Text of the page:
Acupuncture has been around for nearly 2500 years, but has only really gained ground in North America since the 1970’s.
It’s an interesting story how that happened. In 1972, President Richard Nixon visited China diplomatically. He was travelling with New York Times reporter James Reston, who received acupuncture in China after undergoing an emergency appendectomy. He was so impressed with the post-operative pain relief the procedure provided that he wrote about it when he returned to the United States. You can find the original article in the NYT here. It’s funny to think that an American reporter, and the care he received post emergency surgery, is what introduced the treatment to the West, but that’s in fact what happened.
In Eastern medicinal views, acupuncture is based on the theory that energy, called chi, flows through and around your body along pathways called meridians. You may have heard of the term “chi” before. Martial artist Bruce Lee spoke about it at length. There’s also Tai Chi, a martial art that’s been widely practiced for thousands of years in Asia. Our “chi”, or naturally flowing energy, is the central underlying principle in traditional Chinese medicine. When that chi is disrupted or impeded, an imbalance occurs in the body, which in turn manifests symptoms of illness. Acupuncture unblocks the flow of chi, and re-calibrates the body. In Western medicinal views, that balance is referred to as homeostasis or simply put, the body’s ability to regulate its environment.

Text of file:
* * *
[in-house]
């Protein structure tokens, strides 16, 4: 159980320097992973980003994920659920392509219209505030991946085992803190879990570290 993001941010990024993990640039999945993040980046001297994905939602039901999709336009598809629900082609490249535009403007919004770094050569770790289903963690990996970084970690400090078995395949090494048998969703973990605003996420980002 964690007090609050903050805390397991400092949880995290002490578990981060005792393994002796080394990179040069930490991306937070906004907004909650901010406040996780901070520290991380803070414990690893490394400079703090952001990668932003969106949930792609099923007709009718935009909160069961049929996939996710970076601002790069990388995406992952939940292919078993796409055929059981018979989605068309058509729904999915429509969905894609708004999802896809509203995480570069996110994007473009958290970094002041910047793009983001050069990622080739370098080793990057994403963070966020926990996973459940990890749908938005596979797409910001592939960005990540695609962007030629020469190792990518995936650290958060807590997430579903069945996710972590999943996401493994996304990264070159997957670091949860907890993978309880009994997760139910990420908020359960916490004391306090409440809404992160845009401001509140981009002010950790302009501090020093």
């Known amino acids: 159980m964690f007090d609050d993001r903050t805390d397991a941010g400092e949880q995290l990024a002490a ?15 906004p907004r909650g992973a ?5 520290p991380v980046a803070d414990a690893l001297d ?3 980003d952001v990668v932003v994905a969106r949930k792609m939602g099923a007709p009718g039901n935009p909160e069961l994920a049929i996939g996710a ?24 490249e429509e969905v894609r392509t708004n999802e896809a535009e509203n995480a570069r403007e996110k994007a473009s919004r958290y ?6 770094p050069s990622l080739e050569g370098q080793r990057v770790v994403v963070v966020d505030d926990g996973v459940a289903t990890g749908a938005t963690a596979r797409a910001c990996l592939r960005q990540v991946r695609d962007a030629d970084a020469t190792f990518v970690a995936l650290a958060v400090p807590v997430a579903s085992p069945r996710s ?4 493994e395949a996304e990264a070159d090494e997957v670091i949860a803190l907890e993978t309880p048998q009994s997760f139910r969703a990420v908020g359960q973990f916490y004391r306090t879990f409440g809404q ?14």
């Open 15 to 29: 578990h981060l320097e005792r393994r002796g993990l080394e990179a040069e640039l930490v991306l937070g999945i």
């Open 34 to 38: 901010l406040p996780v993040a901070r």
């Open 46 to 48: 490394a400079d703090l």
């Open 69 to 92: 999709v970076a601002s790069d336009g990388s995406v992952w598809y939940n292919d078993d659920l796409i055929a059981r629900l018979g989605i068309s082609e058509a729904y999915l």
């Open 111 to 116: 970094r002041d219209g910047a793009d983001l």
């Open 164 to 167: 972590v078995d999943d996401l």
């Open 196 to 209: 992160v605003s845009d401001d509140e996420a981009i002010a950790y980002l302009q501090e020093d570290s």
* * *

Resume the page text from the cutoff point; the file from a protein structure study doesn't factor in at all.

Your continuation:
Approximately 2,000 different acupuncture points lie along the body’s meridians. Acupuncture involves placing hair-thin needles into these varying points. Stimulating these points trigger the central nervous system (the brain and spinal cord) to release neurotransmitters and hormones, which dull pain, boost the immune system, improve blood flow, and regulate various body functions. As you can see, there’s a few differences in cultural and scientific perception of the treatment at play, but the benefits of acupuncture are undeniable. In an age where Western medicine has a tendency to prescribe prescription medicine for pain relief and the alleviation of symptoms, acupuncture represents a non toxic, non dependancy approach.
In 1997, the National Institutes of Health (NIH) published an Acupuncture NIH Consensus Statement, which noted that acupuncture is an effective treatment for pain and an assistive treatment for addiction, carpal tunnel syndrome, and other conditions. A 12-member panel representing the fields of acupuncture, pain, psychology, psychiatry, physical medicine and rehabilitation, in addition to other fields of medicine, developed their conclusions based upon the scientific evidence presented in an open forum as well as scientific literature.
The World Health Organization’s 2003, 87-page Acupuncture: Review and Analysis of Reports on Controlled Clinical Trials specifically listed 28 diseases, symptoms or conditions for which acupuncture has been proven through controlled trials to be an effective treatment. Almost 100 more conditions were reported by controlled trials to have some therapeutic benefits. In addition, The American Medical Association Journal of Internal Medicine (JAMA) concluded that acupuncture is effective for reducing chronic pain with few side effects.
The BBC put together a great documentary about the science behind acupuncture, and includes an in depth analysis about the treatment. You can watch it here.